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Professor Cyrus Tata


Personal statement

I am Professor of Law and Criminal Justice at Strathclyde University Law School, where I'm Director of the Centre for Law, Crime and Justice, and programme director of the LLM / MSc in Criminal Justice & Penal Change.

For over twenty-five years I've conducted and published research into various aspects of criminal justice in Scotland and abroad, including: the impact of legal aid reforms, plea decision-making and plea negotiation, lawyer-client relations, the role of pre-sentence reports, mitigation and individualisation, sentencing, executive release decision-making, and the use of information technology (including, for example, the introduction of a Sentencing Information System for the High Court).

Regularly invited to speak to policy and practice audiences at home and around the world, for example, I'm currently giving public lectures on sustainable ways of reducing the use of imprisonment.

I'm the founder and Chair of the European Group on Sentencing and Penal Decision-Making (a network of academic, policy and practice members in over 25 countries).

I have also served as adviser to governments in several countries, for example recently to the senior judiciary and court service of the Irish Republic, and am currently assisting Northern Ireland’s Review of Sentencing Policy.

Currently, I'm working, (with partners in Sweden, Italy and the USA), on an EU-funded research study into Emotions in the criminal process.

In 2017 I was invited and elected as a Fellow of the Royal Society of Arts.


Has expertise in:

    • Sentencing Processes

    • Penal Policy and Penal Decision-Making

    • Pre Sentence Processes

    • Executive Release from prison

    • Criminal Process including plea decision-making, legal aid, prosecution and defence work

    • Access to Justice

    • Law, Discretion and Justice

    • The Use of Information and Communications Technology in Decision-Making


Reducing prison sentencing through pre-sentence reports? : why the quasi-market logic of 'selling alternatives to custody' fails
Tata Cyrus
The Howard Journal of Crime and Justice (formerly The Howard Journal of Criminal Justice), (2018)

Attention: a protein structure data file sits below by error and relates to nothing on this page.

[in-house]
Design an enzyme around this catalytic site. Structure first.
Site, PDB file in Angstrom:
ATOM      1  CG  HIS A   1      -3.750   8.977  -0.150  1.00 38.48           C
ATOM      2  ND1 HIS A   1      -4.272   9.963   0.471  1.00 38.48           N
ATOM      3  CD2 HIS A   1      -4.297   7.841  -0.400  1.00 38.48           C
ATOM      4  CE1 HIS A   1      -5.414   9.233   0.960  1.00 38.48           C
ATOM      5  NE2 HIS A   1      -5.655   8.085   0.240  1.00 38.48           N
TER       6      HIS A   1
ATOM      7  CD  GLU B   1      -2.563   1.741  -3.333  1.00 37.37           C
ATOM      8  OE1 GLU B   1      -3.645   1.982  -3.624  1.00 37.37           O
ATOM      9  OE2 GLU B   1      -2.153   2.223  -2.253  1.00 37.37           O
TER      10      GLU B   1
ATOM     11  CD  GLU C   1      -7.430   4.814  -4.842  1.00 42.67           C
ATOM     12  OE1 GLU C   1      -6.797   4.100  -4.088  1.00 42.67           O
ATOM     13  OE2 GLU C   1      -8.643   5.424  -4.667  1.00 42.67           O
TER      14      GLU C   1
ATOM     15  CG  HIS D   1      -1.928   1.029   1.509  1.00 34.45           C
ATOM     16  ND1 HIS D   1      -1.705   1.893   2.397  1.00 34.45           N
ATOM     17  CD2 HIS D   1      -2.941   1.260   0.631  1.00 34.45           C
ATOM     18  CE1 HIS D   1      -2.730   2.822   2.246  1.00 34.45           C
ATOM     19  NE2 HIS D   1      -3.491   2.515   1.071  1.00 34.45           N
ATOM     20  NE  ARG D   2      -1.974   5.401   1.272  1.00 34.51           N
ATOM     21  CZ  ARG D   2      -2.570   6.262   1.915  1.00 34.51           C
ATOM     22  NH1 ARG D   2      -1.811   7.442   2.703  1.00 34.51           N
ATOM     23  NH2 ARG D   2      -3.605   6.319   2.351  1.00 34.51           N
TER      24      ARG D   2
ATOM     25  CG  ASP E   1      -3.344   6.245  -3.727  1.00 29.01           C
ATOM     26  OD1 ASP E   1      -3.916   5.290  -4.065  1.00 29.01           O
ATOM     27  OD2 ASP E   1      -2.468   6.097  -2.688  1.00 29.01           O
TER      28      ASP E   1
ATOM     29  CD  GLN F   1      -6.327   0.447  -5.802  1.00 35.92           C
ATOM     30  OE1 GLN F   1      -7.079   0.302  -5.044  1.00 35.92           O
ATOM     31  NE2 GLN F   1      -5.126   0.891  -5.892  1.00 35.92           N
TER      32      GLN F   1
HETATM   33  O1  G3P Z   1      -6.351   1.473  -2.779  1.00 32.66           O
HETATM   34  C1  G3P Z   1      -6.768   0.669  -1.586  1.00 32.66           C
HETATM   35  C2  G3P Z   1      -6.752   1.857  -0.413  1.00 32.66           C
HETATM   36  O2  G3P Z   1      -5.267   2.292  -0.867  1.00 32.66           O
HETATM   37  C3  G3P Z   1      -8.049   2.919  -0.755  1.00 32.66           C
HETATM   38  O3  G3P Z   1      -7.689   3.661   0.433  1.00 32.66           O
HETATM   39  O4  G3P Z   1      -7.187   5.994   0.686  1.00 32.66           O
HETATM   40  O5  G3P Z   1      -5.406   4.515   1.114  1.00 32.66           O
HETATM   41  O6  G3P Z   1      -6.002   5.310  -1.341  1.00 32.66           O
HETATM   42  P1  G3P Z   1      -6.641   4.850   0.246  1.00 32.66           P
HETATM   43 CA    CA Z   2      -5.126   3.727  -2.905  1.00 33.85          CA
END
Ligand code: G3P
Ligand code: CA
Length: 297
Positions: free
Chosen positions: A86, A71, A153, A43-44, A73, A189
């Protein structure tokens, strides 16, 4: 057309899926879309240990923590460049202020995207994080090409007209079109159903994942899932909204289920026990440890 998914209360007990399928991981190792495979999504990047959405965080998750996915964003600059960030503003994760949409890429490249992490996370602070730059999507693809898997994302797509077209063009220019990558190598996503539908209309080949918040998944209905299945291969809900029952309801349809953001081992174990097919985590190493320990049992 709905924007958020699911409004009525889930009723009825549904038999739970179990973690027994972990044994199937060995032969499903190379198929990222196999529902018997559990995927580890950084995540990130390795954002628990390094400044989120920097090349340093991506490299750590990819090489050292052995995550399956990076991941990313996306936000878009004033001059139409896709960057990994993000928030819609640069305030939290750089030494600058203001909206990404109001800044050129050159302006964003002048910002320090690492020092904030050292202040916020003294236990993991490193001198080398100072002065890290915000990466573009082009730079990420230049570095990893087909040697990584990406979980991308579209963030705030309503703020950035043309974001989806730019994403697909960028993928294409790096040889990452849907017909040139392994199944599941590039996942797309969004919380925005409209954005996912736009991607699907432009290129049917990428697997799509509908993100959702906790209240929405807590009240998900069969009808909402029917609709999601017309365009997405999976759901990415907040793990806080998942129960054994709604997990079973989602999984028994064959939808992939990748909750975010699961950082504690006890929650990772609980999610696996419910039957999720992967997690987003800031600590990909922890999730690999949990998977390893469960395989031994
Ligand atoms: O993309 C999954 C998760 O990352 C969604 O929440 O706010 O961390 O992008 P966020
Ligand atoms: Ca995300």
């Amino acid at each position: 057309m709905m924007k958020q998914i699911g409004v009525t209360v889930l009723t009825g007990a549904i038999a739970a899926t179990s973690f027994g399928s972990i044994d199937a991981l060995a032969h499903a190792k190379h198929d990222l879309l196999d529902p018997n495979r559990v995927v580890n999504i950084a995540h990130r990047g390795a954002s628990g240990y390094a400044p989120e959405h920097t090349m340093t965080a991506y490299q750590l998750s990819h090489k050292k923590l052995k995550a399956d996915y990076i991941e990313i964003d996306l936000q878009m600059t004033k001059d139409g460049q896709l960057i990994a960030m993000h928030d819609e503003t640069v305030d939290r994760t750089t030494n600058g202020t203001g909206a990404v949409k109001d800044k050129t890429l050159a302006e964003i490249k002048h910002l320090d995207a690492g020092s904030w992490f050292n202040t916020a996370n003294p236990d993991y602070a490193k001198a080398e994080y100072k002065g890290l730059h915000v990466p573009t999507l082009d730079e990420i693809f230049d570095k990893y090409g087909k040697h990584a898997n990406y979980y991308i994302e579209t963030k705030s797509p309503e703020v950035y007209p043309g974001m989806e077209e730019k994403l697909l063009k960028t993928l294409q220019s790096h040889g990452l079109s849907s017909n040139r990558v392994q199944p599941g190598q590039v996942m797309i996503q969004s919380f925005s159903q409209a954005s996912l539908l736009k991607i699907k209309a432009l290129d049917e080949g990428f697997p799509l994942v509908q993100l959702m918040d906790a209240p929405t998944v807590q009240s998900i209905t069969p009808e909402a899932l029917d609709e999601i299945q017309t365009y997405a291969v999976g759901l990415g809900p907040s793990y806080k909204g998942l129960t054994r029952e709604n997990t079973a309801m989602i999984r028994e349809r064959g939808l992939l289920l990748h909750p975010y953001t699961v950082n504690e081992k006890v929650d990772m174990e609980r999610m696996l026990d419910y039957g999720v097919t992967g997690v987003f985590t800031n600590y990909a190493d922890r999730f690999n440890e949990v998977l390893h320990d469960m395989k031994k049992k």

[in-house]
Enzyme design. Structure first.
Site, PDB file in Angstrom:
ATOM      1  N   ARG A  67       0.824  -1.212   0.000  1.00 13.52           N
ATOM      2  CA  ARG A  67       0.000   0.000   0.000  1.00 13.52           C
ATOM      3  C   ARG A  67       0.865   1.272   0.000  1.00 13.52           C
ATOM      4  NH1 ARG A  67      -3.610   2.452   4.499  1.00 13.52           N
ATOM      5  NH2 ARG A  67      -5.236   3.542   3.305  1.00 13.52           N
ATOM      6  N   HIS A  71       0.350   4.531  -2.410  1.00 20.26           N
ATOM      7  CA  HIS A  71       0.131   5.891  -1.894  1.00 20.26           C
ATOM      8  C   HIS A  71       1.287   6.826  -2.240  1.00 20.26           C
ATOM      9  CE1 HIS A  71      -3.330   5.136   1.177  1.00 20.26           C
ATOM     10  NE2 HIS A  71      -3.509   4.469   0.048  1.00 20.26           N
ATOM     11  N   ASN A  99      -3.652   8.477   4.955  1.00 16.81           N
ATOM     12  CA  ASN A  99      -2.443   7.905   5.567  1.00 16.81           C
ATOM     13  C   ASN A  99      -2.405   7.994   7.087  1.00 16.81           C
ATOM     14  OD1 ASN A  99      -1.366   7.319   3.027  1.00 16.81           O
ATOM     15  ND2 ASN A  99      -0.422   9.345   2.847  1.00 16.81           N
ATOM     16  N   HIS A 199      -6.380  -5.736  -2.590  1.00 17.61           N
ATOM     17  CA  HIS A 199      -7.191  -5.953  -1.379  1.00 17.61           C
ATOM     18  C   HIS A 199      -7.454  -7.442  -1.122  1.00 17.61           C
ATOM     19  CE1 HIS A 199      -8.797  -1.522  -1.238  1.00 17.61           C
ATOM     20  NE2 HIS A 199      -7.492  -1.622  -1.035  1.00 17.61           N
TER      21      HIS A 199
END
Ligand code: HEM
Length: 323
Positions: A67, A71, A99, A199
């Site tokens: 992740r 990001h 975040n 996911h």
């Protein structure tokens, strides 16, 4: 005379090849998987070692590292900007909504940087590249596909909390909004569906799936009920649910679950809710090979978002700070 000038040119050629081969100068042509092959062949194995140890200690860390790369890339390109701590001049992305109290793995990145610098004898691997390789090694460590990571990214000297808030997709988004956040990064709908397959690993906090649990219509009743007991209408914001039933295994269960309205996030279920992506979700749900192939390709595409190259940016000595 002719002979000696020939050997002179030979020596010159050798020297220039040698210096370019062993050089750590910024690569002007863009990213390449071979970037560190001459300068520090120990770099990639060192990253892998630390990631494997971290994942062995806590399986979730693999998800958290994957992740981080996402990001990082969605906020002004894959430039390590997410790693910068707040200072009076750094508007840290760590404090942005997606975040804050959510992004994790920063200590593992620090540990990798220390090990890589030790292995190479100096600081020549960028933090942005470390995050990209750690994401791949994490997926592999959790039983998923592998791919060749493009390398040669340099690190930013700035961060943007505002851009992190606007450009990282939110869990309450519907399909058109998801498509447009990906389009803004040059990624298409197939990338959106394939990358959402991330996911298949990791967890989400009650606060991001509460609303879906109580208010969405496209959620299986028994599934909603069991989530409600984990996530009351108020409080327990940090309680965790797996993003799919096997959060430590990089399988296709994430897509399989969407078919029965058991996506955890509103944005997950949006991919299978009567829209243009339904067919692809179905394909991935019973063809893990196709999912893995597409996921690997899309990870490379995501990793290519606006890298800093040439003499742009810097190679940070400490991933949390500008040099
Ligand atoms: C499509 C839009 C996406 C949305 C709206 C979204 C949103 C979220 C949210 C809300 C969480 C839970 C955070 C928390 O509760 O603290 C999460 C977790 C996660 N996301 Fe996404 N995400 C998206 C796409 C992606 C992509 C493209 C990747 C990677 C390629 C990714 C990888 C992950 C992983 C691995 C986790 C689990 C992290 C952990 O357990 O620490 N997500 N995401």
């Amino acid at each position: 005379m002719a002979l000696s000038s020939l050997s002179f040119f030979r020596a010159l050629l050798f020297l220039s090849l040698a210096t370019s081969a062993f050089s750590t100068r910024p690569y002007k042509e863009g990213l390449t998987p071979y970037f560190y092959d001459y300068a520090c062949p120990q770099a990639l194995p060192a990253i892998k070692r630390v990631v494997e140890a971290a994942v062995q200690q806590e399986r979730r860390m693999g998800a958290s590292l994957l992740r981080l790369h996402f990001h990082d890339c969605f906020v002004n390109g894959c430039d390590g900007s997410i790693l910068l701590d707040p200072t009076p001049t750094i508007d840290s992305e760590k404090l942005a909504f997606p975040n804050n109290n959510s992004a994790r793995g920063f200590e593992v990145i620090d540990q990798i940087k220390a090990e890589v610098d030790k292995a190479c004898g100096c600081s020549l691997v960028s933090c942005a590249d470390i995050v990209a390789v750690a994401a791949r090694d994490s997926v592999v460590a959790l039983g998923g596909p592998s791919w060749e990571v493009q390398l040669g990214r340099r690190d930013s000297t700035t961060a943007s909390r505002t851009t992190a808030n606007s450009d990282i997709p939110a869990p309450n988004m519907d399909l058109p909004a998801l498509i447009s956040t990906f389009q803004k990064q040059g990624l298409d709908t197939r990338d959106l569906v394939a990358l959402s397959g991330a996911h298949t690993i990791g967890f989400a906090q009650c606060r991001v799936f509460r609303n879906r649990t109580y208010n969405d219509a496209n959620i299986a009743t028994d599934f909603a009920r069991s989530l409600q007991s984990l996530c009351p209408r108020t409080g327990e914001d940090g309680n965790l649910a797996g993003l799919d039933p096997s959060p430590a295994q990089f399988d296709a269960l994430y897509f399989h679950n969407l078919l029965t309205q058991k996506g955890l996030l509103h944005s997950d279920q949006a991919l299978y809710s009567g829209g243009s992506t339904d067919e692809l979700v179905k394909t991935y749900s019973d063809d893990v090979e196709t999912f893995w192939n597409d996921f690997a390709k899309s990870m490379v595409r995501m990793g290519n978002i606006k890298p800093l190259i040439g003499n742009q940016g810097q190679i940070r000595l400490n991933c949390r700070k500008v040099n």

Just Emotions? The need for emotionally-intelligent justice policy
Tata Cyrus, Jamieson Fiona
Scottish Justice Matters Vol 5, (2017)
Sentencing and plea bargaining : guilty pleas versus trial verdicts
Tata Cyrus, Gormley Jay M.
Oxford Handbooks OnlineOxford Handbooks Online, (2016)
How can prison sentencing be reduced?
Tata Cyrus
Scottish Justice Matters Vol 4, (2016)
Sentencing and release from prison : the end of ‘automatic early release’?
Tata Cyrus
Scottish Justice Matters, (2016)
Sentencing and penal policy in the new Scotland : consultation on extending the presumption against short custodial sentences
Tata Cyrus
Scottish Consortium on Crime and Criminal Justice, (2015)

more publications

Professional activities

Ritual Individualisation and Emotion Work at Sentencing and Conviction - Invited Speaker
Reducing the Use of Imprisonment in Sentencing & Penal Decision-Making
Restorative Practices: Foundational Skills - Intensive CPD Course
Academic Course Director - Restorative Practices: Intensive Skills CPD Course
Ritual Individualisation in the Criminal Process - Invited Speaker
From Custody to Community: Community Justice Scotland Conference

more professional activities


Communicating Sentencing: an Exploratory Study
Tata, Cyrus (Principal Investigator)
Period 01-Jun-2018 - 28-Feb-2019
JUSTEMOTIONS The construction of objectivity - An international perspective on the emotive-cognitive process of judicial decision-making
Tata, Cyrus (Principal Investigator)
Period 01-Sep-2018 - 31-Aug-2023
Using big data analytics and genetic algorithms to predict street crime
Bellingham, Richard (Principal Investigator) Andonovic, Ivan (Co-investigator) Fedorov, Maxim (Co-investigator) Quigley, John (Co-investigator) Rogerson, Robert (Co-investigator) Tata, Cyrus (Co-investigator)
Street crime and fear of street crime have significant adverse impacts on individual lives, the use and regeneration of urban areas, the ability to attract businesses and investment, the price of property, and the ability of citizens to live full and creative lives. Previous studies have examined the relationships between a range of social, economic and situational factors and levels and predictability of crime using a range of techniques. However the impact of altering these factors (where they can be influenced), and how such measures might be combined with other potential crime reduction measures are not fully understood. This research aims to achieve new insights into the pattern of crime in cities using big data analytics to analyse the relationships between multiple datasets and levels of crime, and use genetic algorithms to derive innovative optimised strategies that result in lower levels of street crime alongside balancing other objectives - such as lower service costs (eg from improved design of street lighting, and policing patterns), lower carbon emissions, and improved public confidence and acceptance. These strategies will be tested through using the city as a living lab, drawing on Glasgow's Technology Strategy Board (TSB) City Demonstrator role.
Period 01-Jun-2013 - 30-May-2015

more projects